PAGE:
Capital Gain Distributions
If you buy stock in a company and sell it later for a higher price, the money you make is called a capital gain. If you sell the stock after holding it for more than one year, it’s considered a long-term capital gain.
The same is true for mutual funds you invest in. Fund managers buy and sell stocks hoping to make a profit. If the fund holds a stock for more than one year and then sells it, the profit you make as an investor is usually paid out. The profit paid out is a capital gain distribution. This also applies to pay outs made by crediting your cash account.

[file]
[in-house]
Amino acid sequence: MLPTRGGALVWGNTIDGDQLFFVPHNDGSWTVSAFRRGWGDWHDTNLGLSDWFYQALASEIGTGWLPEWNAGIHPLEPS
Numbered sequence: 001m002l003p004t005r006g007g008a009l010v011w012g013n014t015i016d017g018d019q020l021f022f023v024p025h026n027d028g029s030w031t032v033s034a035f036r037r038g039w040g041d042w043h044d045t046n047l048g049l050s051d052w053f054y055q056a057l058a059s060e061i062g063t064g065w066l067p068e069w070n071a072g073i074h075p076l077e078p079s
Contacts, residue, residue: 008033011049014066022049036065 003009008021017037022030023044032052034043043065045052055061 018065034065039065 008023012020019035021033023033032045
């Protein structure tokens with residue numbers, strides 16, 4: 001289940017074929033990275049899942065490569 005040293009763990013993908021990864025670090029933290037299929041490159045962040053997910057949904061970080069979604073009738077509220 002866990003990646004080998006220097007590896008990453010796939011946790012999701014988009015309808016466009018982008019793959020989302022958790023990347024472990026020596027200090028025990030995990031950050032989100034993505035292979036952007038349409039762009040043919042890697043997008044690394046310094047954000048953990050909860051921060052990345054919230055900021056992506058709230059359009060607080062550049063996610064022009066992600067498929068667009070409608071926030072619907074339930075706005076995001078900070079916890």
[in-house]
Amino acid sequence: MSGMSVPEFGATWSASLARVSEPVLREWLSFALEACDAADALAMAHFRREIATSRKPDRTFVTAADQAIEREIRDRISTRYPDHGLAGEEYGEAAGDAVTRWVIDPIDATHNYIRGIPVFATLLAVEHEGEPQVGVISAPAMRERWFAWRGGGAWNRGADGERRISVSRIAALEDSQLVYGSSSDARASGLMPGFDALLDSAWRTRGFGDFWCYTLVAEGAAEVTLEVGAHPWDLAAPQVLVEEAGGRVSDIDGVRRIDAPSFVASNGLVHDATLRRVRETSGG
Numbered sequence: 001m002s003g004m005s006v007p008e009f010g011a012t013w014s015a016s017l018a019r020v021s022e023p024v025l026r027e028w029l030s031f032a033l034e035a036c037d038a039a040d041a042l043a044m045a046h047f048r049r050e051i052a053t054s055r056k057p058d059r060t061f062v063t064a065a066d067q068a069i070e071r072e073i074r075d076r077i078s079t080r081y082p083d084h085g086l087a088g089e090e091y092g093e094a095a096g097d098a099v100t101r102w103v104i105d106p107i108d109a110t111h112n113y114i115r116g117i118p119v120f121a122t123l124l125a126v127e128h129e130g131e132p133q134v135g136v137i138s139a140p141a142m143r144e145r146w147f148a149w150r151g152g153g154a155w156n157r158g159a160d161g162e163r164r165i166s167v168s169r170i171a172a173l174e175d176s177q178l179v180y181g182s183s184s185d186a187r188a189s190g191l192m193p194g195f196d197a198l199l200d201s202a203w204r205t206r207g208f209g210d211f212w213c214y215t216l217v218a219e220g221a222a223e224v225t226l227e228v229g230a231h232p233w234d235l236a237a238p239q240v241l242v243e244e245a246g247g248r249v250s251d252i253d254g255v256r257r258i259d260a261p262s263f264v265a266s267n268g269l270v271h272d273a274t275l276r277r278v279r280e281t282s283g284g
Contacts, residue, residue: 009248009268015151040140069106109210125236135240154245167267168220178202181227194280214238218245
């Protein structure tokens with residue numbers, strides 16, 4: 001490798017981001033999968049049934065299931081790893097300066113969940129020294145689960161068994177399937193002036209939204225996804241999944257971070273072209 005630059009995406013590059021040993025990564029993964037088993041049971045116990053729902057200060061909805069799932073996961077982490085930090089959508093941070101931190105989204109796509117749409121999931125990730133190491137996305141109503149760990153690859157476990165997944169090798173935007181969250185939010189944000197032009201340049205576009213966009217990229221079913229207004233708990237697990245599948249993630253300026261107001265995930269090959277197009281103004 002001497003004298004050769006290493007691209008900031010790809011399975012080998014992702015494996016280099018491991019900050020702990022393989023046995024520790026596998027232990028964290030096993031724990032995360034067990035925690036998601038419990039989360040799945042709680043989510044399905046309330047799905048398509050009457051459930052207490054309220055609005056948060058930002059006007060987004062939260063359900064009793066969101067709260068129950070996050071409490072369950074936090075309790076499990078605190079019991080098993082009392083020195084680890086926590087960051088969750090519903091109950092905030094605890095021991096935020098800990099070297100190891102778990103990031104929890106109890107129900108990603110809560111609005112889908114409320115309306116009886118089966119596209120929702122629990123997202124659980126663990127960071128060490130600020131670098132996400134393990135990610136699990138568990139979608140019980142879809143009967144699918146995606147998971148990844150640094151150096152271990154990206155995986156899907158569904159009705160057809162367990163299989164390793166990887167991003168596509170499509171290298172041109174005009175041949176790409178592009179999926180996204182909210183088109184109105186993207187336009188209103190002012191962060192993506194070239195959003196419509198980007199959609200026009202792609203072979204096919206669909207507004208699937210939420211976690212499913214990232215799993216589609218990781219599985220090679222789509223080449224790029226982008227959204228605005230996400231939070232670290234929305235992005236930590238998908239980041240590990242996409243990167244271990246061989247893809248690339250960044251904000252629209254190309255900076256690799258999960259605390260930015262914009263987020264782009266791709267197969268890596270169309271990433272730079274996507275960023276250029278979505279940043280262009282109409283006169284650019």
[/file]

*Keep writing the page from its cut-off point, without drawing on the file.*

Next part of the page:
For tax purposes, Form 1099-DIV, Box 2a reports your capital-gain distributions. You could also receive this on a similar statement from the mutual fund company. These distributions are taxed at a lower rate than ordinary income. They’re treated as long-term gains, regardless of how long you actually owned shares in the mutual fund.
Does the IRS consider a life insurance payout part of your taxable income? Learn more from the tax experts at &R Block.
What is the alternative minimum tax, and are you eligible for an exemption? Learn more about AMT rates and get tax answers at H&R Block.
Professional golfer taxes can be complicated and confusing. Learn more about tricky golfer tax issues like travel deductions and residency rules with H&R Block.
Get tips on reducing your taxable income through deductions, donations and more. Learn how your AGI can affect your tax refund.